Let’s face it – the COVID vaccine is not a medical product in the traditional open market sense, produced by a company that competes with others based on the strength of their intellectual property. The vaccine should be considered in the context of a utility – because, if it does not flow between countries, the lights will go out on the global economy. Based on what I heard at the virtual C19 Global Supply Chain and Manufacturing Summit, hosted by COVAX, CEPI, DCVMN, IFPMA, and BIO, the real problem that exists in the vaccine supply chain is the challenge to ensure material flow between entities in the supply chain. Maybe it’s time for horizontal collaboration, to ensure that we all get through this pandemic alive. But this is no easy task. How do we create a commons that allows all parties in the supply chain – manufacturers, suppliers, and regulators – to work effectively together to achieve this goal?
In my address to the Summit participants, I proposed that there are two issues to address this problem: 1) how to create material visibility to improve supply and demand planning in the global supply chain, and 2) how to create incentives for sharing of materials, and to think longer-term about building capacity.
To address these questions, I proposed creating a global material visibility system that can show how much inventory of key raw materials is at each manufacturer’s location, and each supplier’s location. Each party must be willing to share information which is pulled from their material system, and shared with those upstream or downstream, perhaps in a region that has a greater need. We could also have “fire walls” so someone could see how much of their inventory is on hand, but not their competitor’s inventory levels
This is not science fiction – I have observed an enterprise system at Flex in California called the Pulse which I wrote about in my book The LIVING Supply Chain.
Key pieces of data required for such a solution include the following:
- Total volume of inventory, and vaccine production systems that require different types of materials and production supplies
- Volume of inventory allocated by supplier/manufacturer to different countries
- Ability to supply different global regions
- Production rate of key material suppliers, and a system of production allocation based on greatest need.
- Some sort of prioritization scheme related to vaccine shortages, urgency of need, and ability to supply different regions based on current manufacturing footprint of participants
- Other factors such as government funding, veracity of distribution system (e.g. lack of gray markets), and other factors that may impact allocation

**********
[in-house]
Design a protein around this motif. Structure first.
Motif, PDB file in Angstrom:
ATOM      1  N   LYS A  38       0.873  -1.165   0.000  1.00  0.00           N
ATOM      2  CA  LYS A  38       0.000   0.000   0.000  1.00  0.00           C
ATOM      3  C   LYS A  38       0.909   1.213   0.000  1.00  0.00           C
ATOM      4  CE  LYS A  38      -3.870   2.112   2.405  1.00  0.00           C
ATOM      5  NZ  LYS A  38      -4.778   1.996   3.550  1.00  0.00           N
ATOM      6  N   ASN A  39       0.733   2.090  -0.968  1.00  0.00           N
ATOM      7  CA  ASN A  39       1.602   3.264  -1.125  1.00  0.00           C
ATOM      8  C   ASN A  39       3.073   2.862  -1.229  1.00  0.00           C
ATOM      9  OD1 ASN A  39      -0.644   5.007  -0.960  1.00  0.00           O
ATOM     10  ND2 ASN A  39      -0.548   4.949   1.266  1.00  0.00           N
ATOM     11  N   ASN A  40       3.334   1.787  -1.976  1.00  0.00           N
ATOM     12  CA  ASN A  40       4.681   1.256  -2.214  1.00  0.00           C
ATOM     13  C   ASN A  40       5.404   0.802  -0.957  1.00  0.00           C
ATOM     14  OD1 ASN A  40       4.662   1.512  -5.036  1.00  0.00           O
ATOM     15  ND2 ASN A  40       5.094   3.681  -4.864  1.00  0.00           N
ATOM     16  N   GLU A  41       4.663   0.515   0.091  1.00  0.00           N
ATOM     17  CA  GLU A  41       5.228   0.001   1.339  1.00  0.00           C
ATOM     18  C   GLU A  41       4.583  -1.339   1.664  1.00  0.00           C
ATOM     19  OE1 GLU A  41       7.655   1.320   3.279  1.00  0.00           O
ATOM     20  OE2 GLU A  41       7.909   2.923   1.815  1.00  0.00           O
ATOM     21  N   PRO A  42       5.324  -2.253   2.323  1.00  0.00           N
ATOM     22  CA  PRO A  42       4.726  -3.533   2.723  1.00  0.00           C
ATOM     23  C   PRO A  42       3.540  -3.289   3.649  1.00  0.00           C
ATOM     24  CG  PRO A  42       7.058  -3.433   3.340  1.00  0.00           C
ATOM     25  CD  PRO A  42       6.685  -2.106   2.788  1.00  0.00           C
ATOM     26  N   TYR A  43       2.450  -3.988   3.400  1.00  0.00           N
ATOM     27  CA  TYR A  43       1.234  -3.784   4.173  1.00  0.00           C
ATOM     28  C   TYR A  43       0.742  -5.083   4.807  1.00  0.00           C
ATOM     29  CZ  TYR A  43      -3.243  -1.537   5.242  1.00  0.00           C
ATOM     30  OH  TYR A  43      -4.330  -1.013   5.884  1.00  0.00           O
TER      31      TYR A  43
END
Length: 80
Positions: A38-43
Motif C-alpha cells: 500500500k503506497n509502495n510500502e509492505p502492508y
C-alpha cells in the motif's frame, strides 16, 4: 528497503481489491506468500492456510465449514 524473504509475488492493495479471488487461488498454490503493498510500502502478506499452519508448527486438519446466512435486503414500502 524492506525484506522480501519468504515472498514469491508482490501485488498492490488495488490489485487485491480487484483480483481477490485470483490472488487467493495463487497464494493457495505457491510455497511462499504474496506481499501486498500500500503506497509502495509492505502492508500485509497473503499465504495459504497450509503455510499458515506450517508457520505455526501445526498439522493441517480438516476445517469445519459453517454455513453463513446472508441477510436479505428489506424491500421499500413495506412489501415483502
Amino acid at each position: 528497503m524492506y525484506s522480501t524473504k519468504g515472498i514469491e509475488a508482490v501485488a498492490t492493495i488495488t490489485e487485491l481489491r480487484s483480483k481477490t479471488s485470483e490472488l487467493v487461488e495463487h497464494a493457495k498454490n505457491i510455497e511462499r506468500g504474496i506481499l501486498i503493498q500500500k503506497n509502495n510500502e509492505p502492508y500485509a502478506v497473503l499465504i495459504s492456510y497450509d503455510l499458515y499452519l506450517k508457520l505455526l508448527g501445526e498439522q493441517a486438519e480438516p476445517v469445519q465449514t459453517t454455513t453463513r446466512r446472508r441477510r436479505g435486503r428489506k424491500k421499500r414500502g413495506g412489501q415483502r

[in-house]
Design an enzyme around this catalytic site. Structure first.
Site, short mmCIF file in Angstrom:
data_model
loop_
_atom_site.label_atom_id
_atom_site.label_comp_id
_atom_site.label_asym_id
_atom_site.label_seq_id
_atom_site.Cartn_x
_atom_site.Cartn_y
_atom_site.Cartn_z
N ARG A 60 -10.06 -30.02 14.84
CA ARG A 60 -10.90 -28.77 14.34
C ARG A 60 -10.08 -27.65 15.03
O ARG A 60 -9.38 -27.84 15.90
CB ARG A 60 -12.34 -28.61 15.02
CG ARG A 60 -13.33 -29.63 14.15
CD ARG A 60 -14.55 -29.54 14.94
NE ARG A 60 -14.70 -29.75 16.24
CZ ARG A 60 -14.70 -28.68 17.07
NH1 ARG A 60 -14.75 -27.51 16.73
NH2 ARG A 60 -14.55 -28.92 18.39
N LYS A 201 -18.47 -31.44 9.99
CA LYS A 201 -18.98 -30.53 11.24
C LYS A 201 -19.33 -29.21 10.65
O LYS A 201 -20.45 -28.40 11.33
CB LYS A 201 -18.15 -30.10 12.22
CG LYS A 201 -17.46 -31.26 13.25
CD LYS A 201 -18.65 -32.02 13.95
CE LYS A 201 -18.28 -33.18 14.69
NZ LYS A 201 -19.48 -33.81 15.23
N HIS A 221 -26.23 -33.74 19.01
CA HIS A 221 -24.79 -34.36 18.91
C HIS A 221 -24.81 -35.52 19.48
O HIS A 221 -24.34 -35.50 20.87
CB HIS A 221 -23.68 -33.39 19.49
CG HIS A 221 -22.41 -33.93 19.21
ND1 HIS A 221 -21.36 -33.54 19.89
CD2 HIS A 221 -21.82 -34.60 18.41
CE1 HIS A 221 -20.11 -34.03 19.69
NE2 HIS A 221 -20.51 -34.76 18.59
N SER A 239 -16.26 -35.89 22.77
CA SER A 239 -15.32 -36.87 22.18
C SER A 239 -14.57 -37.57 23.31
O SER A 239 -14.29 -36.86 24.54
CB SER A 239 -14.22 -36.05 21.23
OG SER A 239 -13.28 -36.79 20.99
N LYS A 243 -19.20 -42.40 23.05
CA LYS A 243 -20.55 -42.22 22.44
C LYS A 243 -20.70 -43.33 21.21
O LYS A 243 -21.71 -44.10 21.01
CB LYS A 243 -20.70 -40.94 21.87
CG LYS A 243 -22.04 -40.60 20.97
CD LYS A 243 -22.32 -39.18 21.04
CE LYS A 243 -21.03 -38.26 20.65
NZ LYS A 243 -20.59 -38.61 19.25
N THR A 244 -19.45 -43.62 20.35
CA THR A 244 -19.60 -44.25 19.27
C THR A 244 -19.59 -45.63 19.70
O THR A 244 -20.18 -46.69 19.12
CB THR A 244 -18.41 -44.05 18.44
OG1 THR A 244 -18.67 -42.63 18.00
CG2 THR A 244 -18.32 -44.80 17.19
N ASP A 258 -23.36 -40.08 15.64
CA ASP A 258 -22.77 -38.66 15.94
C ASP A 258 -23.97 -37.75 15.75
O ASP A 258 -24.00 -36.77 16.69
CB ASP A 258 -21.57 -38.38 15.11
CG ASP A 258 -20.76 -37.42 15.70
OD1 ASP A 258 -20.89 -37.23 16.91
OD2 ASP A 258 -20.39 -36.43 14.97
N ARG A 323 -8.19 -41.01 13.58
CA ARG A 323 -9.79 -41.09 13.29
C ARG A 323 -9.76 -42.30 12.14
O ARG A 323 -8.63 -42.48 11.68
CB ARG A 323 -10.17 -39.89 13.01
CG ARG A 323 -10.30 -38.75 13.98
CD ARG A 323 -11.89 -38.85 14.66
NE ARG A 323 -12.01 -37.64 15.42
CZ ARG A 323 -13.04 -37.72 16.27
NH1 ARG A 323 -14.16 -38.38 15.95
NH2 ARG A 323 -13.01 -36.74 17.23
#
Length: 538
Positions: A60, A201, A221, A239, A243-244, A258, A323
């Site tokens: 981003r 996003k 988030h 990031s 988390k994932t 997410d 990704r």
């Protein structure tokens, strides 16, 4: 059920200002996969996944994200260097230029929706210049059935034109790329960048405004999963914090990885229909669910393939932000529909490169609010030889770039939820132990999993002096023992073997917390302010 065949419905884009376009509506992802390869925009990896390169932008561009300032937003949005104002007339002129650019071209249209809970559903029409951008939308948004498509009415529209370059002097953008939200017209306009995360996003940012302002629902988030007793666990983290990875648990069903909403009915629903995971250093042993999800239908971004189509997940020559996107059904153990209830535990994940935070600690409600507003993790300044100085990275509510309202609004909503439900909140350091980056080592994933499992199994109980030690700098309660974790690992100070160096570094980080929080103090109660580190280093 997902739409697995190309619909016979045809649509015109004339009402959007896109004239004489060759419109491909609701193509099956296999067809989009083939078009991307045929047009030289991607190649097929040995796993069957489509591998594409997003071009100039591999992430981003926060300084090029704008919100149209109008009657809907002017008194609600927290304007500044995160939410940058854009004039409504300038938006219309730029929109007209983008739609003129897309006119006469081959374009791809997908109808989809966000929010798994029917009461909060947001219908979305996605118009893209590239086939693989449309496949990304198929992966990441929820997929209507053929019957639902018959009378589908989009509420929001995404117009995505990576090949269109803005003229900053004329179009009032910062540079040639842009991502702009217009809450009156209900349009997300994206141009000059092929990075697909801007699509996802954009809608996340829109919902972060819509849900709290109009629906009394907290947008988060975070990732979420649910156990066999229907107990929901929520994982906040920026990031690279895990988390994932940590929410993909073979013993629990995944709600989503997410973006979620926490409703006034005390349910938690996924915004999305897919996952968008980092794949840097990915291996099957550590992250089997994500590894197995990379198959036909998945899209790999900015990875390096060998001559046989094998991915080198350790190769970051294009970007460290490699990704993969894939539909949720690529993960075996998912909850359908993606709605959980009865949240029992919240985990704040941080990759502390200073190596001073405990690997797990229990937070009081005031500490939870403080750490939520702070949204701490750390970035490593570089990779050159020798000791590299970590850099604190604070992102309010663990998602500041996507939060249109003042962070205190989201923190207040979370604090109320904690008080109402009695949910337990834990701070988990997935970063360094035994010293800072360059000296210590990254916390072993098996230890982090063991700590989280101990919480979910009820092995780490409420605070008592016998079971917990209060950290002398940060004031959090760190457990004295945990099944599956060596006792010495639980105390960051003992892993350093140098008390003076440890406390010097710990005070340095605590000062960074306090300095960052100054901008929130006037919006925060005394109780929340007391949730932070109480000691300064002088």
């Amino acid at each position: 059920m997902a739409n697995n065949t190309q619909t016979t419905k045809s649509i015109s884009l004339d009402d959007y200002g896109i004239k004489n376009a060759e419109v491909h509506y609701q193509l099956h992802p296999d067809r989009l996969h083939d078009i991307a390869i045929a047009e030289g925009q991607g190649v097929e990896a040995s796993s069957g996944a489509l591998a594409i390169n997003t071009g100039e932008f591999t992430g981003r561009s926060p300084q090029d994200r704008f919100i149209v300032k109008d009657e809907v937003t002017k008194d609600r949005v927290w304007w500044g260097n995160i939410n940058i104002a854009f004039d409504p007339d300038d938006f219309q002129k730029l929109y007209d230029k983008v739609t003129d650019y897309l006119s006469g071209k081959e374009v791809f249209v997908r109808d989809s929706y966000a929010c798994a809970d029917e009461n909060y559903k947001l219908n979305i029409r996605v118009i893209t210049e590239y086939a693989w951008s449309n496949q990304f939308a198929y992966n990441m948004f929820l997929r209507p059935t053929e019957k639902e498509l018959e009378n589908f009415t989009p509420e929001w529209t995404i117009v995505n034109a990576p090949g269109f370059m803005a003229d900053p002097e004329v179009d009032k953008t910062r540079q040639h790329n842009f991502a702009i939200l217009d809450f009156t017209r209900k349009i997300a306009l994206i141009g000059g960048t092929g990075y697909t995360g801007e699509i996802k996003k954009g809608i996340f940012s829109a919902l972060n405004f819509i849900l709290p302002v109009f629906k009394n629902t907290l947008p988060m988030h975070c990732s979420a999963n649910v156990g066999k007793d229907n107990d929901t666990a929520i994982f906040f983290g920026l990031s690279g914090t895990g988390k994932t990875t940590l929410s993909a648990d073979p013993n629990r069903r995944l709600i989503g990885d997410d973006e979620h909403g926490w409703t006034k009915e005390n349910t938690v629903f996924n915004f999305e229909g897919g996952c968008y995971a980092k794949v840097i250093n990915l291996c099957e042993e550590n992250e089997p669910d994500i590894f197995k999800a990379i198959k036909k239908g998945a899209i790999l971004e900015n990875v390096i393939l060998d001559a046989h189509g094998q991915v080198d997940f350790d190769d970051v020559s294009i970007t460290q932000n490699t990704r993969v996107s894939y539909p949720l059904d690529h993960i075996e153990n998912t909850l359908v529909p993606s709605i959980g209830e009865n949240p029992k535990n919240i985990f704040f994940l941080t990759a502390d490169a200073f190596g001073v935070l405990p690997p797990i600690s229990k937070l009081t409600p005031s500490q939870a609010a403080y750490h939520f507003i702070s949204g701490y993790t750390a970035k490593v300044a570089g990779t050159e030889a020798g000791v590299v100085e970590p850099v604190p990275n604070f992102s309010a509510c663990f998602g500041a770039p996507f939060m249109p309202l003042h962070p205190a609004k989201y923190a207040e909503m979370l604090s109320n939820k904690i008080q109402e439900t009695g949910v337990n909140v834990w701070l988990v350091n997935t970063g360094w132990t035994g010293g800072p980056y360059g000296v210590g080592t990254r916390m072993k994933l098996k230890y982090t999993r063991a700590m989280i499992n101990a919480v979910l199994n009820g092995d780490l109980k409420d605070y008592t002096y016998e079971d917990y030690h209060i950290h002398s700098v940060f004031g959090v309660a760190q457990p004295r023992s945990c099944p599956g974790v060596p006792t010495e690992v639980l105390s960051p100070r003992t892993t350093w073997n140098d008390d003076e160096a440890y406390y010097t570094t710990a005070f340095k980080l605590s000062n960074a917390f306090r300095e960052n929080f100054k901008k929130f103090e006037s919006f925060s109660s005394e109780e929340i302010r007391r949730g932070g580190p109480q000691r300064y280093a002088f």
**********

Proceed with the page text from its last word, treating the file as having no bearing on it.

A second problem is hoarding – how to create incentives for allocation of material to other competitors who need it, perhaps through a trade or swap plus some fee? What is needed is some type of a contractual incentive system, where enterprises are awarded credits for sharing, which can be used against future purchases of materials or trades,
I believe that perhaps a coalition of the ICC/WTO/WHO should play a role to help create capacity for future investment. In this case, the organizations could act as a third party adjudicator as needed to deal with capacity issues. These parties would act as a neutral, disinterested group that could identify to a manufacturer or supplier when they need to shift supply to one source vs. another and to highlight when they suspect that opportunistic, hoarding, or inequitable practices are being conducted by a manufacturer.
Details of such a contractual agreement could perhaps follow an incentive-based structure, that would not be mandatory, but completely optional to all vaccine providers that want to help address the massive COVID vaccine distribution challenges that lie ahead. Features of such a structure might include the following guidelines:
- Establish data sharing requirements necessary to be listed as a “COVID Commons Transparent Provider” (CCT) – requirements would be those necessary to inform the ‘control tower’ or visibility system.
- Establish equitable distribution requirements necessary to rate these CCT Providers
- Ask countries within the WTO GPA to create a preferential set aside program whereby:
- Those firms listed as CCT Providers get set aside orders (only competed among suppliers on the list) for the next X years (say 5-10 years)
- Those firms listed as CCT Providers compete with everyone but get a price premium of, for example, 10-15% on their proposals (i.e. they bid $100 but we evaluate it as $90 for the next X years, or allow for either to be the case where countries can elect to set aside or use price premium benefits to CCT vendors
If a provider blatantly disregards or fails at equitable distribution requirements, they would be suspended or removed from the CCT Providers list, even with data sharing, and could only get back on if they take steps to correct.
This is a rough cut proposal, but requires strategic thinking to identify how to navigate a new complex future for COVID vaccine planning. It is not so radical as you might think. I am a firm believer in the role of the free market, as Adam Smith advocates, but we have never seen a pandemic of this nature wrought so much devastation on mankind. We are all in this together – we cannot afford to just vaccinate wealthy countries while lower income and middle income countries founder. The longer we wait, the more likely it is that variants will grow in these countries and spread to vaccinated countries, and we are not safe until everyone in the world is vaccinated. Then we will go into a cadence of ongoing vaccinations of COVID and its variants, likely for a number of years to come.